The Sideshow
  • Fireworks fail in San Diego (Travis Cass/Atlantic Wire)

    Ron Burgundy would've had a field day with this story.

    A Fourth of July fireworks show in San Diego lasted just 15 seconds on Wednesday, when what organizers called "a technical glitch" caused all of the fireworks to go off at the same time.

    According to Garden State Fireworks, a signal that was sent to the barges to "set the timing" of the fireworks caused "the entire show to be launched in about 15 seconds."

    The "Big Bay Boom," as it was billed, quickly became a Big Bay Bust.

    [Slideshow: Fourth of July fireworks]

    "Anyone know if that was on purpose?" Josh Damigo wrote on Twitter. "It sure seems like something went wrong!"

    "Was that it?" Jennifer Boyd tweeted.

    Adding to the confusion, music that was supposed to be synchronized with the display played on in the darkness.

    "There was "Proud to be an American," "Born in the USA," some Taylor Swift songs and lots of music with "America" in them," Teagan Hamblin told CNN.

    Read More »from San Diego fireworks fail: Fourth of July display accidentally launches all at once
  • The ice slips beneath a mountain climber in Colorado. (YouTube)A group of mountain climbers attempting to ascend Kennedy's Gully in the Ouray Ice Park in Colorado rescued a fellow climber from near-certain death when a sheath of ice suddenly slipped out from under him.

    As the climber makes his way up the gully, the other climbers who are off camera and filming him from above realize that the ice is quickly melting beneath him.

    "We've got a rope if you want it," a woman says. "We're setting up a rappel, can you hang on?"

    "Yeah, that would be great," he says.

    There's a clear sense of urgency from the climbers above as they work to lower a rope to the climber before the ice breaks:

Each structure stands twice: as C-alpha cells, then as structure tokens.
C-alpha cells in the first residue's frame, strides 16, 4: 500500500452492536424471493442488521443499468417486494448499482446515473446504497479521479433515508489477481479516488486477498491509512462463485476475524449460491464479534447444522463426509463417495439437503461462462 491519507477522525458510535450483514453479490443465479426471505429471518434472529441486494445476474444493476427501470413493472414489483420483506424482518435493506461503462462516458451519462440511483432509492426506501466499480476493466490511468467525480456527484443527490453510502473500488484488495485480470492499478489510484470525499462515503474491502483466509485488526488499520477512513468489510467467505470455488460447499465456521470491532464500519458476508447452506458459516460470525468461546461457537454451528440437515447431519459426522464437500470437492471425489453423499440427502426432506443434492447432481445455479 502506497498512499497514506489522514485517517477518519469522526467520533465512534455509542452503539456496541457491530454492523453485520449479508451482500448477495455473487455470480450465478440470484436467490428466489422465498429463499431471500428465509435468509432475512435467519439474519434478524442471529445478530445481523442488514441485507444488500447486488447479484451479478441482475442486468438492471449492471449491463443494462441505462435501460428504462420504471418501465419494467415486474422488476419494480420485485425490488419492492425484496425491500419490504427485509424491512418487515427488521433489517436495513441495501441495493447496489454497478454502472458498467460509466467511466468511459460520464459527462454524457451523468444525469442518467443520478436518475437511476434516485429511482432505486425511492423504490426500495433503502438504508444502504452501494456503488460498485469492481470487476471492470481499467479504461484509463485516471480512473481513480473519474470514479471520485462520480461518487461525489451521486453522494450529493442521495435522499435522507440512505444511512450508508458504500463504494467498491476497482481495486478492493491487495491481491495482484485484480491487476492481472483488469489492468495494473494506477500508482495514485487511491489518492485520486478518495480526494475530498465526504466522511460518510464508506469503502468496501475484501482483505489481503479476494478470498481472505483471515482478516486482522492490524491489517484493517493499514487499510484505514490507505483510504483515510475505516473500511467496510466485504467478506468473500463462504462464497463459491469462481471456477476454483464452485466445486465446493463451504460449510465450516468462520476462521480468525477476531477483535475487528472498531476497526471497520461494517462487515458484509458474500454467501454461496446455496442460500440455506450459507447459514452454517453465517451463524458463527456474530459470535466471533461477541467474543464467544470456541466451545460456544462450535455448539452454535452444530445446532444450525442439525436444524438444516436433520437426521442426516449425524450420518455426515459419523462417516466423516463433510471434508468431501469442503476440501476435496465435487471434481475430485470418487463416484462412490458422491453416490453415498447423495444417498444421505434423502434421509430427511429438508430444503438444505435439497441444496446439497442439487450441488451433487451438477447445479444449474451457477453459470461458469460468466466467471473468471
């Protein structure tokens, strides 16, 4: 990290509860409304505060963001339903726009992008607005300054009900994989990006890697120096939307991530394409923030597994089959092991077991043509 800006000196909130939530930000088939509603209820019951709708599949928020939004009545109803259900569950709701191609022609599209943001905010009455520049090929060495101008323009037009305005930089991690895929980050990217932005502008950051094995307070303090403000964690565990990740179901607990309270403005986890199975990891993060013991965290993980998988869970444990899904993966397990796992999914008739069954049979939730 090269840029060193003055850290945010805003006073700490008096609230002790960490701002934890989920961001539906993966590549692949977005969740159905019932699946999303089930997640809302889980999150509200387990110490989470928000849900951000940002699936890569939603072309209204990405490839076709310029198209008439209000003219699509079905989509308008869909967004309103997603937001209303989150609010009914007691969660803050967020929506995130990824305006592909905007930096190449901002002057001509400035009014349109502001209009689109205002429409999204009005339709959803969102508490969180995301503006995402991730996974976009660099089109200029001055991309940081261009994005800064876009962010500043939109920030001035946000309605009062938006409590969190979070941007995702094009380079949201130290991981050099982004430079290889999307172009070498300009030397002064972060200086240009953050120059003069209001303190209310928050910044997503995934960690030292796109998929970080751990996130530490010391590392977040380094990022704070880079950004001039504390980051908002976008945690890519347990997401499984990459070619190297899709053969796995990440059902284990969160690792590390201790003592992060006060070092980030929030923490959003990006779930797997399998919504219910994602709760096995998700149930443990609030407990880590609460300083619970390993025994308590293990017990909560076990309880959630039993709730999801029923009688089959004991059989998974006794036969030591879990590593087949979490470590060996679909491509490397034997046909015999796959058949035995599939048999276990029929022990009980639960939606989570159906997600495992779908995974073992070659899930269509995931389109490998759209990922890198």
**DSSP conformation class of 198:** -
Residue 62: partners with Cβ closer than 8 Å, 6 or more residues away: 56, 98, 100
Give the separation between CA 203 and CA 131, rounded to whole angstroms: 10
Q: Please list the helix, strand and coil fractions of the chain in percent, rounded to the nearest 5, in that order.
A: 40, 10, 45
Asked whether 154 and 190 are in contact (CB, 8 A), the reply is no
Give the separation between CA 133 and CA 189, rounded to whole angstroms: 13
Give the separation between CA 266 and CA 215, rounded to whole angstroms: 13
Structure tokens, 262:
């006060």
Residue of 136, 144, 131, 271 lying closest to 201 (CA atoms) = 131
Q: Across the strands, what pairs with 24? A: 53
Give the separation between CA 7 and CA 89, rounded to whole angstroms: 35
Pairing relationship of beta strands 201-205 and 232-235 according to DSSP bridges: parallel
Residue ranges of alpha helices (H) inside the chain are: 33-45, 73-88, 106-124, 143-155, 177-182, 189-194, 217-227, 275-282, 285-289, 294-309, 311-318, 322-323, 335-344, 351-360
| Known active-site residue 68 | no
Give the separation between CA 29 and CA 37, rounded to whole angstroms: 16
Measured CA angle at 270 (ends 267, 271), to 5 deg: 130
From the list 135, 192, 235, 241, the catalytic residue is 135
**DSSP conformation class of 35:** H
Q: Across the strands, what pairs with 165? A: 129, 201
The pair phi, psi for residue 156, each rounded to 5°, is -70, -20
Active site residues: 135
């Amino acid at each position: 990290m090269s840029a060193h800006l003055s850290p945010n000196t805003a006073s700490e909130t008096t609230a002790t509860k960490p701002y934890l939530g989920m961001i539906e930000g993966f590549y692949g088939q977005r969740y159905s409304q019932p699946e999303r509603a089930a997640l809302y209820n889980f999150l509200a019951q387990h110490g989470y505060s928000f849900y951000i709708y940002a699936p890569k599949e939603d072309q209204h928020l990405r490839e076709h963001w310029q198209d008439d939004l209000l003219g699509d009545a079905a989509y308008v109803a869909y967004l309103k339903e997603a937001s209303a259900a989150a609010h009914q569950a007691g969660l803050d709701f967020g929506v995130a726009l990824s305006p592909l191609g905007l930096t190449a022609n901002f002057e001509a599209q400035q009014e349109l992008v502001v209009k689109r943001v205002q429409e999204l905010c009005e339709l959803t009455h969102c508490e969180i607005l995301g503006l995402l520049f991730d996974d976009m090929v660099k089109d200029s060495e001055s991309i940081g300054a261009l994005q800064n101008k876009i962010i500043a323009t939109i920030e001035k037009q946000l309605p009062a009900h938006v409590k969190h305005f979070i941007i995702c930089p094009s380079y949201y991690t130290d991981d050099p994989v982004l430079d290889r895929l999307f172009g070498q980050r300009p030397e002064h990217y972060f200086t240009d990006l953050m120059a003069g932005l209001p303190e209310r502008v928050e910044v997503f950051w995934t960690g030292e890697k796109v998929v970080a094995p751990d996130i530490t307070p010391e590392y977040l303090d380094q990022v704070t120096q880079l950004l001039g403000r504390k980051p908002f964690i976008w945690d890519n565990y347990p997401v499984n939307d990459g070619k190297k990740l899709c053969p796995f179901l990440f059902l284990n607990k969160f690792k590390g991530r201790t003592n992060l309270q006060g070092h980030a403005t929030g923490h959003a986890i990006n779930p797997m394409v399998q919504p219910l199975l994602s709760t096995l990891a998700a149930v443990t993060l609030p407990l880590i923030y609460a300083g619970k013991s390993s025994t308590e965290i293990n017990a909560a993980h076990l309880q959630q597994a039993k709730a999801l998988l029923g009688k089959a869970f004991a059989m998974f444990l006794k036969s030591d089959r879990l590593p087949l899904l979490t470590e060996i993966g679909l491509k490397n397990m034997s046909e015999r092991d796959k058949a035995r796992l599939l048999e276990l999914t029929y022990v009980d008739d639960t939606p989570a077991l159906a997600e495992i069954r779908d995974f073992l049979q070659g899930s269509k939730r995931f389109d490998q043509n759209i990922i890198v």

It's a tense few moments as the climber works to get the rope clipped to his belt.

    "Ok, you're golden," the woman tells him.

    "Thank you very much," he says.

    However, things quickly take a turn at two minutes into the video, when the climber ignores pleas to sit tight while the other climbers examine alternate routes for him. As he attempts to press onward, the sheath of ice suddenly slips out from under him.

    The site Planet Mountain says that it would have been a 50-meter (160-foot) drop to the bottom of the gully that almost certainly would have killed the climber.

    Read More »from Mountain climber saved at last second from near-fatal fall (VIDEO)
  • A map of what was once Doggerland encompasses the U.K.

    Whether Atlantis was real may never be known. But scientists from several European universities have recovered artifacts from a kind of "European Atlantis" at the bottom of the North Sea. Now, those artifacts from the sunken landmass known as Doggerland are going on display at the Royal Society Summer Science Exhibition in London.

    According to CBS News, divers found fossilized evidence of large mammals, including mammoths; harpoons; fish prongs; and possible burial sites. Scientists, including Dr. Richard Bates of St. Andrews University, have recreated Doggerland in 3D with the help of geophysical surveys. Visitors to the Royal Society Exhibition will be able to explore this lost land up close.

    Doggerland was a purported landmass that stretched between Scotland, Denmark, and the Chanel Islands. It was slowly enveloped by water following the end of the last Ice Age. The Royal Society's official site points out that the challenges faced by the residents of Doggerland aren't so

    Read More »from ‘Atlantis’ found? Doggerland artifacts on display at London museum

Pagination

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  • Van Gaal irked by United's festive schedule
    Van Gaal irked by United's festive schedule

    Manchester (United Kingdom) (AFP) - Manchester United manager Louis van Gaal has bemoaned the lack of time at his disposal as he attempts to nurse an injury-plagued squad through his first Christmas in English football.

  • Crime and lawsuits cloud new 'American Sniper' movie
    Crime and lawsuits cloud new 'American Sniper' movie

    By Marice Richter DALLAS (Reuters) - The real-life story behind Hollywood's "American Sniper," rolled out this holiday season, has been a dark tale of lawsuits and a pending murder trial for the man accused of gunning down the movie's hero. Iraq War veteran Eddie Ray Routh is to stand trial in February on charges of murdering Chris Kyle, the former Navy SEAL whose best-selling autobiography "American Sniper: The Autobiography of the Most Lethal Sniper in U.S. Military History" was the basis for the film from director Clint Eastwood and starring Bradley Cooper. ...

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